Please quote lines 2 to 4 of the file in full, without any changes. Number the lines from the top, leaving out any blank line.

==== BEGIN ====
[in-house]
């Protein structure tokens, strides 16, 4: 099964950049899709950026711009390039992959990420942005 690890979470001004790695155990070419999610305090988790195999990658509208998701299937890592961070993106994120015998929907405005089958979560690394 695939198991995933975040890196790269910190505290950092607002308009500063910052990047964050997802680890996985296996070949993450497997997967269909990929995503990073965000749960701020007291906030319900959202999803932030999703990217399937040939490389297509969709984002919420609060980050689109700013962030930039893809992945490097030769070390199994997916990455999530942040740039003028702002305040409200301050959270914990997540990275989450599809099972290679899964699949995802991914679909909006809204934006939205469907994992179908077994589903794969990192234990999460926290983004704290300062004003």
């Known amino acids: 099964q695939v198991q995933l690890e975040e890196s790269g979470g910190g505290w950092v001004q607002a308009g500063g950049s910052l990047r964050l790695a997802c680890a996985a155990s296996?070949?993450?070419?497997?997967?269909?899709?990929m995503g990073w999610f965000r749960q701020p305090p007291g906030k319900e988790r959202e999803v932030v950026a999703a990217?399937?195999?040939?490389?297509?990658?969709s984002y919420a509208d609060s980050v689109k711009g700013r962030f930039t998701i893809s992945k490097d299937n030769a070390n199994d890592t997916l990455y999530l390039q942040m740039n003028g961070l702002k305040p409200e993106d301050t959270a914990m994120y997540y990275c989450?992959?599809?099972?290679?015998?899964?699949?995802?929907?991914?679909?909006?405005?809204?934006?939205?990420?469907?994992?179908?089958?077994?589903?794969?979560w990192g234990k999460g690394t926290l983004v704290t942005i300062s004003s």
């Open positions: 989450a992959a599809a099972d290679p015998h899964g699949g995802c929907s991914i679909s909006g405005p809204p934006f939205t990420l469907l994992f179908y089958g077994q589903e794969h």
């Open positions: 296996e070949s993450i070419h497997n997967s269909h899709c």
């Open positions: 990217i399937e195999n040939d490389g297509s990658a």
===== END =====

């Protein structure tokens, strides 16, 4: 099964950049899709950026711009390039992959990420942005 690890979470001004790695155990070419999610305090988790195999990658509208998701299937890592961070993106994120015998929907405005089958979560690394 695939198991995933975040890196790269910190505290950092607002308009500063910052990047964050997802680890996985296996070949993450497997997967269909990929995503990073965000749960701020007291906030319900959202999803932030999703990217399937040939490389297509969709984002919420609060980050689109700013962030930039893809992945490097030769070390199994997916990455999530942040740039003028702002305040409200301050959270914990997540990275989450599809099972290679899964699949995802991914679909909006809204934006939205469907994992179908077994589903794969990192234990999460926290983004704290300062004003």
């Known amino acids: 099964q695939v198991q995933l690890e975040e890196s790269g979470g910190g505290w950092v001004q607002a308009g500063g950049s910052l990047r964050l790695a997802c680890a996985a155990s296996?070949?993450?070419?497997?997967?269909?899709?990929m995503g990073w999610f965000r749960q701020p305090p007291g906030k319900e988790r959202e999803v932030v950026a999703a990217?399937?195999?040939?490389?297509?990658?969709s984002y919420a509208d609060s980050v689109k711009g700013r962030f930039t998701i893809s992945k490097d299937n030769a070390n199994d890592t997916l990455y999530l390039q942040m740039n003028g961070l702002k305040p409200e993106d301050t959270a914990m994120y997540y990275c989450?992959?599809?099972?290679?015998?899964?699949?995802?929907?991914?679909?909006?405005?809204?934006?939205?990420?469907?994992?179908?089958?077994?589903?794969?979560w990192g234990k999460g690394t926290l983004v704290t942005i300062s004003s």
């Open positions: 989450a992959a599809a099972d290679p015998h899964g699949g995802c929907s991914i679909s909006g405005p809204p934006f939205t990420l469907l994992f179908y089958g077994q589903e794969h």